Take a flat character from media you’ve consumed and write a backstory to make them less flat.

Artemis, by Andy Weir

13.17: What Writers Get Wrong, with Jamahl Crouch

Your Hosts: Brandon, Mary, Dan, and Howard, with Jamahl Crouch Jamahl Crouch (Illusmm1 on Instagram) joined us at the GenCon Indy Writers Symposium to talk about what writers get wrong about street art. Jamahl is many things, and one of those is “street artist.” We discuss the differences between graffiti and street art, where things like commissioned … Continue reading 13.17: What Writers Get Wrong, with Jamahl Crouch

Go watch The Get Down (available on Netflix)

Have a look at Jamal’s art on Instagram! Illusmm1

13.18: Naturally Revealing Character Motivation

Your Hosts: Brandon, Mary, Dan, and Howard What motivates us? What really motivates us? Why? (Note: our motivations are probably not in service of some overarching plot.) How can we use this information to believably motivate characters? Credits: This episode was recorded by Dan Thompson, and mastered by Alex Jackson

Take a character motivation and express it via free indirect speech. Now take something that has been expressed via free indirect speech and unpack it into the narrative.

The Ten Cent Plague, by David Hajdu, narrated by Stefan Rudnicki

13.19: Backstories

Your Hosts: Brandon, Mary, Amal, and Maurice Character backstories: these are the tales that describe how the characters in your story became who they are by the time they arrive in the book. How much backstory needs to be written before you start in on the manuscript? How much needs to be in the manuscript … Continue reading 13.19: Backstories

Write a flashbacks scene that reveals a key bit of a character’s backstory. Then reveal the same bit of backstory in a scene where the character describes the events to someone else.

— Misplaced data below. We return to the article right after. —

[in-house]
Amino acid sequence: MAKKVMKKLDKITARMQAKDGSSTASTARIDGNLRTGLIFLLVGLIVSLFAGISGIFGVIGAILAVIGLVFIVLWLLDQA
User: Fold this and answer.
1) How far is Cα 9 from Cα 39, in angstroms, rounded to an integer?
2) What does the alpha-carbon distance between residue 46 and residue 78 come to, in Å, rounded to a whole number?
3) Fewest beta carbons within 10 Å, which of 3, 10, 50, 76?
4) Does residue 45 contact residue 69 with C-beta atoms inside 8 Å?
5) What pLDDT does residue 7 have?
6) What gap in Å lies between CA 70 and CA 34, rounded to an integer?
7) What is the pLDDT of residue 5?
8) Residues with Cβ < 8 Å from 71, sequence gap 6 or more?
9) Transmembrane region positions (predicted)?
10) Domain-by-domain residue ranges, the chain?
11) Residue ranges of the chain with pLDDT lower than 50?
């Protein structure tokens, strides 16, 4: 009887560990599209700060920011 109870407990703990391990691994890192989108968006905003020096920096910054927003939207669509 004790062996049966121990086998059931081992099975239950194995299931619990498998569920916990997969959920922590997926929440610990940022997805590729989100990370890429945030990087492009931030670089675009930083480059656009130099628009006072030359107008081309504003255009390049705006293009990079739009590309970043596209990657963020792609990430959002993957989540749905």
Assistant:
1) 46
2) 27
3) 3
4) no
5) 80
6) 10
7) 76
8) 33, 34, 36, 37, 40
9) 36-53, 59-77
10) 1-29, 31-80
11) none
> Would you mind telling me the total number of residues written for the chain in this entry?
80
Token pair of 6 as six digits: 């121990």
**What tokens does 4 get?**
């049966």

Racing the Dark. by Alaya Dawn Johnson

13.20: Fear and Writing, with Emma Newman

Your Hosts: Dan, Mary, Aliette, and Howard, with special guest Emma Newman Emma Newman, author, audio book narrator, and podcaster, joined us on the Baltic sea for WXR 2017, where, six days after a brilliant presentation on overcoming fear, she recorded a session with us on the same topic. The class was just that good. … Continue reading 13.20: Fear and Writing, with Emma Newman

Read “The Listeners” by Walter de la Mare (it’s just 250 words). Now write the backstory.

After Atlas, by Emma Newman

13.21: Q&A on Character Depth and Motivation

Your Hosts: Brandon, Valynne, Dan, and Howard Our listeners submitted some great questions! How do you fairly and even-handedly write a deeply compelling character you deeply dislike? What’s the best way to discuss a character’s underlying motivations without expressly stating them in narrative or dialog? How well should characters understand their own motivations? How do … Continue reading 13.21: Q&A on Character Depth and Motivation

Write a story about Howard’s “Tyrannopotumus Rex.” (Yes, it can be a story about how that’s not what a real tyrannopotomus rex looks like.)

Pitch Dark, by Courtney Alameda

13.22: Character Arcs

Your Hosts: Brandon, Mary, Dan, and Howard When Mary says we could do fifteen different episodes on character arcs, she’s being conservative. Notwithstanding, we set out to talk meaningfully about character arcs in one episode rather than in fifteen (or fifty.) We look at the shapes of these arcs, how they progress in our narratives, … Continue reading 13.22: Character Arcs

Let’s apply DREAM to plotting a sideways character arc in which a character changes, but the change is neither triumphant nor tragic.

13.23: Internal Conflicts

Your Hosts: Brandon, Mary, Amal, and Maurice Internal conflicts, simply put, are problems your characters have with themselves. In this episode we address the ways in which writers can build stories and subplots around internal conflicts, and how we can tell when it’s not working. Notes: the MICE quotient is Milieu, Idea, Character, and Event. Mary’s … Continue reading 13.23: Internal Conflicts

Use the Role, Relationship, Status, and Competence axes to define one of your characters. Then determine how each of these creates conflict with the one following it in the list.

An Unkindness of Ghosts, by Rivers Solomon

13.24: What Writers Get Wrong, with Piper, Aliette, and Wesley, with special guest Ken Liu